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Tibet: News International His Holiness the Dalai Lama expresses sadness over Korea ferry

His Holiness the Dalai Lama expresses sadness over Korea ferry

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Dharamshala, 19 April 2014: – The spiritual leader of Tibet, His Holiness the Dalai Lama, expressed his deep sadness at the loss of so many lives as a result of the tragic ferry accident off the coast of South Korea.

In a letter to the President of the Republic of South Korea, Ms Park Geun-hye, written immediately upon his arrival from Japan this afternoon, His Holiness the Dalai Lama expressed his deep sadness at the loss of so many lives as a result of the tragic ferry accident off the coast of South Korea.

The Tibetan spiritual leader and Nobel peace laureate wrote that "it is especially distressing to know that among the passengers were 350 students from Danwon High School in Ansan, Seoul. The loss of so many, so young is a tragedy that will be harrowingly painful to their families and friends."

His Holiness offered prayers for them all and expressed his condolences to the families of all who have lost their lives, to the President and the people of South Korea.

As the search continues for nearly 240 people still missing from the South Korean ferry disaster, divers have continued their work of recovering bodies, according to media reports.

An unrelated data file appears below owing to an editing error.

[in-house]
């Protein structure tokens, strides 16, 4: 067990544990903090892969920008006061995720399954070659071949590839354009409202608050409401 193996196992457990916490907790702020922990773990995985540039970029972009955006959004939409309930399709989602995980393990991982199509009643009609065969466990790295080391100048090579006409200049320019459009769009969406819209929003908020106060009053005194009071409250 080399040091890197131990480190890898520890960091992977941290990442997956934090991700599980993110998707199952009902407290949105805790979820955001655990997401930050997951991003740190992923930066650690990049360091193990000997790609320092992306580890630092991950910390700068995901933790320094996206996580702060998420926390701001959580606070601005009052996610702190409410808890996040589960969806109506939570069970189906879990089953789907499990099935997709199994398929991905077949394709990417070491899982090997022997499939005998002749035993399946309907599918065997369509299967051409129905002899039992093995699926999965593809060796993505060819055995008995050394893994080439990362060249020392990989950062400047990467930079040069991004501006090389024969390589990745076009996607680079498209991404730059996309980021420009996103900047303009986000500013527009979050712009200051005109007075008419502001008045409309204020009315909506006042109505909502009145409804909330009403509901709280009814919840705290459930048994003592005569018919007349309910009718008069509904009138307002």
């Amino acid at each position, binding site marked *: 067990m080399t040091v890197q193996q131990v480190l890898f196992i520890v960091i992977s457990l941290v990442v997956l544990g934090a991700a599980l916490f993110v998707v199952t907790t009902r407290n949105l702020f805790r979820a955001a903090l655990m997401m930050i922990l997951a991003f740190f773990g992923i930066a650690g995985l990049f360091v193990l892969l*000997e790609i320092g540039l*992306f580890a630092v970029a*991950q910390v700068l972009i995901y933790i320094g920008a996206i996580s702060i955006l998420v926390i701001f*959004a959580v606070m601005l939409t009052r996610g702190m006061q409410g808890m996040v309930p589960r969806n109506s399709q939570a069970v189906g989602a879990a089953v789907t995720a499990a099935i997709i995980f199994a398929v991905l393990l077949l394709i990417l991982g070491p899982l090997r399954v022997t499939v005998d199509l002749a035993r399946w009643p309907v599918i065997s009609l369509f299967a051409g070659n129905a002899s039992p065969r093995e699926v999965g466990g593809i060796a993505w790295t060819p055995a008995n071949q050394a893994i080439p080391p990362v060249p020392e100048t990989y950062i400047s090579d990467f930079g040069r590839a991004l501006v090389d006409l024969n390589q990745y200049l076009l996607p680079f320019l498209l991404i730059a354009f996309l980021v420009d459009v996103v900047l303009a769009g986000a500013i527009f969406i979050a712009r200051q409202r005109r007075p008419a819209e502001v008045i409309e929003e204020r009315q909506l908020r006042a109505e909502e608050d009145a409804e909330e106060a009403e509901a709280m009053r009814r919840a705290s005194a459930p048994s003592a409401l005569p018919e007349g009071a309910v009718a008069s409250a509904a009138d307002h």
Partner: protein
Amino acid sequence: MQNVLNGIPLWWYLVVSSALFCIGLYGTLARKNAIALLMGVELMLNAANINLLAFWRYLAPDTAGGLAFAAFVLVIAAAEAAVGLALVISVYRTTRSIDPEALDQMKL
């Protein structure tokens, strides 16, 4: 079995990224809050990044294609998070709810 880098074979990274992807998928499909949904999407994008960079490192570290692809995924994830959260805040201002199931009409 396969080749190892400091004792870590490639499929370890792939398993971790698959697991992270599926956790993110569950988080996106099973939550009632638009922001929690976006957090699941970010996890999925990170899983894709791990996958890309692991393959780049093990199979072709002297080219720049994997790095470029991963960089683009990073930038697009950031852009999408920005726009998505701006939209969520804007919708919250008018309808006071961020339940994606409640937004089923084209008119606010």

The death toll in a ferry disaster off the South Korean coast rose to 64 on Sunday as divers continued to recover more bodies from the sunken boat, the Associated Press reports.

About 240 people — many of whom were traveling high school students — remain missing. On 16 April, 174 passengers, including 20 of the 30 crew members, were rescued in the immediate aftermath of the disaster.

After divers reported no visible damage to the vessel's hull, speculation is mounting that the turn could have dislodged heavy cargo, causing it to list and sink. Five days after the accident, and with the chances of finding anyone alive looking increasingly dificult, it now appears that the hundreds of divers initially brought in to rescue passengers are now involved in a grim recovery operation.

The initial delay in getting all 476 passengers, including 350 high school pupils and their teachers, off the ship made the task far harder. Officers on the bridge of the Sewol, which lies submerged in water off the south-west coast of South Korea, had already indicated that once the vessel was tilting heavily to one side, passengers increasingly found themselves unable to move.

 


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